Since 1991, elections have been contested mainly among parties that evolved from the independence movement and the Popular Front — ranging from social democratic to national conservative. The center-right “Fatherland Bloc,” led by Mart Laar, won a plurality in the first elections with 22 percent of the vote, and was joined by the Estonian National Independence Party (9 percent) and the Centrist Moderates (6 percent) to form the first government. ENIP merged with a Christian Democratic and conservative coalition to form the Pro Patria Union in 1995 and in 2007 merged with the Res Publica party, also led by Mart Laar. The current leading party, the centrist Reform Party, was created out of a split in 1994 with the conservative coalition that formed Pro Patria Union. The Social Democratic Party, the Coalition Party, and the Center Party emerged from the Popular Front and have also participated in coalition governments.
From 2005 to 2014, the prime minister was Andrus Ansip, leader of the liberal Reform Party, heading three government coalitions. In the 2011 elections, the Reform Party received the highest number of seats, 29, and formed a government with the Union of Pro Patria and Res Publica, which was third in the voting, getting 23 seats, just behind the Center Party. Ansip resigned in 2014 to allow the party to choose a new leader ahead of the 2015 national elections (see below).
A controversial decision in the 1990s was the parliament’s adoption of citizenship and language laws. These laws required all postwar immigrants and their descendants to apply for citizenship and meet minimum naturalization requirements. The requirements include two years of residence and knowledge of Estonian — the country’s only recognized official language. These rules have been criticized for disenfranchising some ethnic Russian and other Russian speaking residents. However, most Estonians considered the requirements an essential means of restoring independence and strengthening a national community decimated by Soviet policies. Most immigrants and their descendants have qualified for citizenship.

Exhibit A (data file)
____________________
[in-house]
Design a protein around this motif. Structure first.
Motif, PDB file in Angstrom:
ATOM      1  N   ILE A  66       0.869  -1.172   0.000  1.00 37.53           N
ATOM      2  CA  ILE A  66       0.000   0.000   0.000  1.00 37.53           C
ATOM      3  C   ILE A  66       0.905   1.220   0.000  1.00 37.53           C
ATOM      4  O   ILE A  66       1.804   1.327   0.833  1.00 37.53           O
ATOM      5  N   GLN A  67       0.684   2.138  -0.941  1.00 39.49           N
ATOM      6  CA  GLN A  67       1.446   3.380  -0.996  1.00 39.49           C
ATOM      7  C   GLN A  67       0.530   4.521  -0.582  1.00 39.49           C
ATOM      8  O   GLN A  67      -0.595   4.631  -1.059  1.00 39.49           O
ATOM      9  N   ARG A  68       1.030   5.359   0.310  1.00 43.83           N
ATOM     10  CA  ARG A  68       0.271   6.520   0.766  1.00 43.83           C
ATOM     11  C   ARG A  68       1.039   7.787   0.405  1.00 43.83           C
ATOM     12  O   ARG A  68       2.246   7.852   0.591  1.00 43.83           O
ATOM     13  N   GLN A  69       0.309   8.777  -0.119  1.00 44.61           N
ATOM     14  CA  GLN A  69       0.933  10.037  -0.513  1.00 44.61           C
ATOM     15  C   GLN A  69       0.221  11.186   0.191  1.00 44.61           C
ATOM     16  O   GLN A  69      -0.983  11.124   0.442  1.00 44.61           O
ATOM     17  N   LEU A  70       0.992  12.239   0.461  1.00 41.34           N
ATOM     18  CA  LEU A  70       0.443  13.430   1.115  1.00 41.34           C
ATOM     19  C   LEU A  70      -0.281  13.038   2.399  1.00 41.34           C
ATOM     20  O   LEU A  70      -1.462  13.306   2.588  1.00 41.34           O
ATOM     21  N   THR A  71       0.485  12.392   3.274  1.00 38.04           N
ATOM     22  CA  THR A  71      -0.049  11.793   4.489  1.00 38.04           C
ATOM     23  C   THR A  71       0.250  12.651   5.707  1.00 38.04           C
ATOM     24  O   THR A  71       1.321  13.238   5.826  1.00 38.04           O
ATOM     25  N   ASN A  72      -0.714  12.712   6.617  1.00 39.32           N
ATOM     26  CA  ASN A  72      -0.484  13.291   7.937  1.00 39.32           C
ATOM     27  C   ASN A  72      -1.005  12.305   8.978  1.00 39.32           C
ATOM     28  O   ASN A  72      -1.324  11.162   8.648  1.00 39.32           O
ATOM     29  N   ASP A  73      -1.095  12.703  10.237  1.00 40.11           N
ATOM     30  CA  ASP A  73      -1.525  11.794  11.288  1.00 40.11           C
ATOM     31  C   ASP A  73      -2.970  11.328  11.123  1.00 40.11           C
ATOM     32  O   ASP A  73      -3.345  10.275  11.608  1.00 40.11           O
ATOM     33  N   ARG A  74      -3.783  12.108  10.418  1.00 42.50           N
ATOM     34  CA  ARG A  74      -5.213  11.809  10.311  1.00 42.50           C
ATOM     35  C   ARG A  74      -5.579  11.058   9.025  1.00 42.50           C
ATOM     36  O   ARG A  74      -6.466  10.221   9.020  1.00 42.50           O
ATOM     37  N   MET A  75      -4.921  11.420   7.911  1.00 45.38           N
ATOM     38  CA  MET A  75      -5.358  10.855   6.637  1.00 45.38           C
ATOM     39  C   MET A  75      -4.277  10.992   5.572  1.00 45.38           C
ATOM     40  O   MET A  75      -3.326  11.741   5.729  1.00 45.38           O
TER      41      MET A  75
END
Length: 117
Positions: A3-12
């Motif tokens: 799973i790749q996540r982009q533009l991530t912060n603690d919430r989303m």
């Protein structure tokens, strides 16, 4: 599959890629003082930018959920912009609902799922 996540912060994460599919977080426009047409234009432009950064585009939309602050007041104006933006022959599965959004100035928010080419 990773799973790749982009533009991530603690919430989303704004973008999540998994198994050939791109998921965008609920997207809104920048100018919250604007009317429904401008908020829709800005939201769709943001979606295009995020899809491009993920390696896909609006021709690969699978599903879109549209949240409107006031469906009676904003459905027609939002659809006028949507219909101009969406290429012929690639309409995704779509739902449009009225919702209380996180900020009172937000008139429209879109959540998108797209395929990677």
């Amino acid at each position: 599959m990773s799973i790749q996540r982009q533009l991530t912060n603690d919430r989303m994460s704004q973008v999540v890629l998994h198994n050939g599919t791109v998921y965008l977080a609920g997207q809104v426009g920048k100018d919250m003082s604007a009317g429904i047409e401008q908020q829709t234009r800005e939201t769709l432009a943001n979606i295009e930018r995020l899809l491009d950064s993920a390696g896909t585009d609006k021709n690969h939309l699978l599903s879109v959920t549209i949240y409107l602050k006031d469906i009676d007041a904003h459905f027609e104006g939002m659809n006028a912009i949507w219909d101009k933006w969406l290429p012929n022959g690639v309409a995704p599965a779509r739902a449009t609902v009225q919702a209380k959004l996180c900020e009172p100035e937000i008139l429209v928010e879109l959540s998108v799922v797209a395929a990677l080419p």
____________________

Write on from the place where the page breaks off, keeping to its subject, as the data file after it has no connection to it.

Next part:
While often referred to as "radical," Estonia's free-market reformers might be considered "conservative" in U.S. political language.
A Model Economy
The first coalition government formed following the 1992 elections instituted quick and lasting economic reforms under Prime Minister Mart Laar. Reforms included wholesale privatization of state enterprises, reestablishment of private property and title rights, and a quick transformation of the legal and tax structures to conform to European Union (EU) standards. These achievements allowed Estonia to gain EU membership in 2004 and to enter the Euro zone in 2011 (the first Eastern European country to do so).
In 1994, Prime Minister Mart Laar pushed for adoption of a 26 percent flat tax for both corporate and individual income, which was later reduced to 21 percent (the current rate today). The policy is considered to have been the lynchpin for Estonia’s rapid economic growth. In 2004, Estonia further anchored its foreign policy to the West by joining NATO (North Atlantic Treaty Alliance).
Estonia's free-market reformers were often termed “radical” because they quickly transformed a Soviet economy into a capitalist one. But they would more likely be considered "conservative" in U.S. political language (with a heavy emphasis on low regulation, private property rights, and low taxation). Whatever the term used, Estonia has emerged after twenty-five years of independence as one of the freest and most economically dynamic and transparent countries in the world. It is well known today as an innovator of technology (an Estonian company created Skype) and has many start-up technology firms. The country’s growth rate in the 1990-2014 period averaged around 15 percent in both GDP and GDP per capita, despite a severe economic downturn in 2008-10 due to the international financial crisis (see below). Overall, its GDP and GDP per capita have grown more than four times since 1990. Estonia has outpaced all former Soviet bloc countries and established itself in the mid-level of European countries in per capita at $17,425 for 2014.